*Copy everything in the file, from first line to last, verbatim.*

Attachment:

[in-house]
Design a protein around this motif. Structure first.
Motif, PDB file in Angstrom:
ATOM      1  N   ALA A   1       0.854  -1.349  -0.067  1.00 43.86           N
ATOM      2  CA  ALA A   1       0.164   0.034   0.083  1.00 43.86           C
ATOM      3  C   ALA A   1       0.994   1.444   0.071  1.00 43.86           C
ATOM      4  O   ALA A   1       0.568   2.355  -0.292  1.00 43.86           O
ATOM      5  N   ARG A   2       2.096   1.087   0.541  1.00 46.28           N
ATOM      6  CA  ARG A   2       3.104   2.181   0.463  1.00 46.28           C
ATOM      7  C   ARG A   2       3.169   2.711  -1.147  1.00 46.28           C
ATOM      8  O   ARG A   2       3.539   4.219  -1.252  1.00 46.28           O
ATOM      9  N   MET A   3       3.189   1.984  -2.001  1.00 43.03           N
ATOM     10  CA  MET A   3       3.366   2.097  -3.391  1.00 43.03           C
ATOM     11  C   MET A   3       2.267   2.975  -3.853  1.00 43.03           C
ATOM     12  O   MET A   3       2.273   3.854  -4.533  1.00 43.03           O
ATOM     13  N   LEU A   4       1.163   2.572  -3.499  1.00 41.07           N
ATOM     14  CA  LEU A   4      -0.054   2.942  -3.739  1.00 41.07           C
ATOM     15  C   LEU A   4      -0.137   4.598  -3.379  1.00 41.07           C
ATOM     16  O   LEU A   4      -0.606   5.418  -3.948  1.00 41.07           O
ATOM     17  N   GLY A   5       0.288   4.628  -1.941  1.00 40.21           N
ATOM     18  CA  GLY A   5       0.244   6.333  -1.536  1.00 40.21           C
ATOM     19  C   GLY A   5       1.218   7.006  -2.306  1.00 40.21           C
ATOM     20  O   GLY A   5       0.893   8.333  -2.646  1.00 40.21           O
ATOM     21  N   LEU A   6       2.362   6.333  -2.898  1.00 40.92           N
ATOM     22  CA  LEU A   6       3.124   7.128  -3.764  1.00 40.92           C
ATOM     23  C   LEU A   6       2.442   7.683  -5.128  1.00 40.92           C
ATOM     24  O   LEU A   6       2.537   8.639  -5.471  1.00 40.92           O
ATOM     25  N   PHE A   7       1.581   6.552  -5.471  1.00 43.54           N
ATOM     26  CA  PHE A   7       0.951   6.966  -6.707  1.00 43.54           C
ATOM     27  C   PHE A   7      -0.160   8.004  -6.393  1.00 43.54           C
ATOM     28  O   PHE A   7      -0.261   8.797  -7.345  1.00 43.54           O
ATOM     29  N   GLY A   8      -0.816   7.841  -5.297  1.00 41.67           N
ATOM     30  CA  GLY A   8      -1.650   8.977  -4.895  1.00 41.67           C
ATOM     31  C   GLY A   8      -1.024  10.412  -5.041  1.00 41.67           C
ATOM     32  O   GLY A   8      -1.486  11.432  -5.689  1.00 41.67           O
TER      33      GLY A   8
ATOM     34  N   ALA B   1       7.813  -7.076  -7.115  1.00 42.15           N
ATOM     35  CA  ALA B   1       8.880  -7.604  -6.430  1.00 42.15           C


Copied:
[in-house]
Design a protein around this motif. Structure first.
Motif, PDB file in Angstrom:
ATOM      1  N   ALA A   1       0.854  -1.349  -0.067  1.00 43.86           N
ATOM      2  CA  ALA A   1       0.164   0.034   0.083  1.00 43.86           C
ATOM      3  C   ALA A   1       0.994   1.444   0.071  1.00 43.86           C
ATOM      4  O   ALA A   1       0.568   2.355  -0.292  1.00 43.86           O
ATOM      5  N   ARG A   2       2.096   1.087   0.541  1.00 46.28           N
ATOM      6  CA  ARG A   2       3.104   2.181   0.463  1.00 46.28           C
ATOM      7  C   ARG A   2       3.169   2.711  -1.147  1.00 46.28           C
ATOM      8  O   ARG A   2       3.539   4.219  -1.252  1.00 46.28           O
ATOM      9  N   MET A   3       3.189   1.984  -2.001  1.00 43.03           N
ATOM     10  CA  MET A   3       3.366   2.097  -3.391  1.00 43.03           C
ATOM     11  C   MET A   3       2.267   2.975  -3.853  1.00 43.03           C
ATOM     12  O   MET A   3       2.273   3.854  -4.533  1.00 43.03           O
ATOM     13  N   LEU A   4       1.163   2.572  -3.499  1.00 41.07           N
ATOM     14  CA  LEU A   4      -0.054   2.942  -3.739  1.00 41.07           C
ATOM     15  C   LEU A   4      -0.137   4.598  -3.379  1.00 41.07           C
ATOM     16  O   LEU A   4      -0.606   5.418  -3.948  1.00 41.07           O
ATOM     17  N   GLY A   5       0.288   4.628  -1.941  1.00 40.21           N
ATOM     18  CA  GLY A   5       0.244   6.333  -1.536  1.00 40.21           C
ATOM     19  C   GLY A   5       1.218   7.006  -2.306  1.00 40.21           C
ATOM     20  O   GLY A   5       0.893   8.333  -2.646  1.00 40.21           O
ATOM     21  N   LEU A   6       2.362   6.333  -2.898  1.00 40.92           N
ATOM     22  CA  LEU A   6       3.124   7.128  -3.764  1.00 40.92           C
ATOM     23  C   LEU A   6       2.442   7.683  -5.128  1.00 40.92           C
ATOM     24  O   LEU A   6       2.537   8.639  -5.471  1.00 40.92           O
ATOM     25  N   PHE A   7       1.581   6.552  -5.471  1.00 43.54           N
ATOM     26  CA  PHE A   7       0.951   6.966  -6.707  1.00 43.54           C
ATOM     27  C   PHE A   7      -0.160   8.004  -6.393  1.00 43.54           C
ATOM     28  O   PHE A   7      -0.261   8.797  -7.345  1.00 43.54           O
ATOM     29  N   GLY A   8      -0.816   7.841  -5.297  1.00 41.67           N
ATOM     30  CA  GLY A   8      -1.650   8.977  -4.895  1.00 41.67           C
ATOM     31  C   GLY A   8      -1.024  10.412  -5.041  1.00 41.67           C
ATOM     32  O   GLY A   8      -1.486  11.432  -5.689  1.00 41.67           O
TER      33      GLY A   8
ATOM     34  N   ALA B   1       7.813  -7.076  -7.115  1.00 42.15           N
ATOM     35  CA  ALA B   1       8.880  -7.604  -6.430  1.00 42.15           C